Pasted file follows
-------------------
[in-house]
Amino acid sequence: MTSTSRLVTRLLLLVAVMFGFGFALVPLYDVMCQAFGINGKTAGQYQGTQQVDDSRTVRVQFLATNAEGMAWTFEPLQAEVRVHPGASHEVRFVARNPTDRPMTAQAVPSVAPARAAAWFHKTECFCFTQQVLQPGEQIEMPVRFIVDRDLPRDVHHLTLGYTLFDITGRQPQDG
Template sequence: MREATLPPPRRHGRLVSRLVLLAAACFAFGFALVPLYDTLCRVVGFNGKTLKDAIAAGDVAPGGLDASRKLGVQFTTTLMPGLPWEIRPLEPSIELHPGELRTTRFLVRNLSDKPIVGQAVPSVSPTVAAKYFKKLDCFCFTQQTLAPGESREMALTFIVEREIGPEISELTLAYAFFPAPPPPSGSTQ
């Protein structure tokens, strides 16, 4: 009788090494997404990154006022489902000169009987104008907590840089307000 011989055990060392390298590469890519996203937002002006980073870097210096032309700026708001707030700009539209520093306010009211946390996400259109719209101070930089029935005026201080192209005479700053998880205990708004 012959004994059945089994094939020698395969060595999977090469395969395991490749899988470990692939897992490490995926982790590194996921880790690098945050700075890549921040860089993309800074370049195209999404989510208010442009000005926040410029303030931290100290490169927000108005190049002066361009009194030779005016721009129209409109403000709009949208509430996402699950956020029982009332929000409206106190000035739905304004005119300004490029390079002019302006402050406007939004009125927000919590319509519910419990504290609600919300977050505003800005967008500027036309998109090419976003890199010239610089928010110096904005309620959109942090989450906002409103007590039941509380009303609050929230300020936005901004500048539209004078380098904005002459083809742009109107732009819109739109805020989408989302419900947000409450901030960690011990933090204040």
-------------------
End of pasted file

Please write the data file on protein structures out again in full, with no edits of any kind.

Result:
[in-house]
Amino acid sequence: MTSTSRLVTRLLLLVAVMFGFGFALVPLYDVMCQAFGINGKTAGQYQGTQQVDDSRTVRVQFLATNAEGMAWTFEPLQAEVRVHPGASHEVRFVARNPTDRPMTAQAVPSVAPARAAAWFHKTECFCFTQQVLQPGEQIEMPVRFIVDRDLPRDVHHLTLGYTLFDITGRQPQDG
Template sequence: MREATLPPPRRHGRLVSRLVLLAAACFAFGFALVPLYDTLCRVVGFNGKTLKDAIAAGDVAPGGLDASRKLGVQFTTTLMPGLPWEIRPLEPSIELHPGELRTTRFLVRNLSDKPIVGQAVPSVSPTVAAKYFKKLDCFCFTQQTLAPGESREMALTFIVEREIGPEISELTLAYAFFPAPPPPSGSTQ
């Protein structure tokens, strides 16, 4: 009788090494997404990154006022489902000169009987104008907590840089307000 011989055990060392390298590469890519996203937002002006980073870097210096032309700026708001707030700009539209520093306010009211946390996400259109719209101070930089029935005026201080192209005479700053998880205990708004 012959004994059945089994094939020698395969060595999977090469395969395991490749899988470990692939897992490490995926982790590194996921880790690098945050700075890549921040860089993309800074370049195209999404989510208010442009000005926040410029303030931290100290490169927000108005190049002066361009009194030779005016721009129209409109403000709009949208509430996402699950956020029982009332929000409206106190000035739905304004005119300004490029390079002019302006402050406007939004009125927000919590319509519910419990504290609600919300977050505003800005967008500027036309998109090419976003890199010239610089928010110096904005309620959109942090989450906002409103007590039941509380009303609050929230300020936005901004500048539209004078380098904005002459083809742009109107732009819109739109805020989408989302419900947000409450901030960690011990933090204040």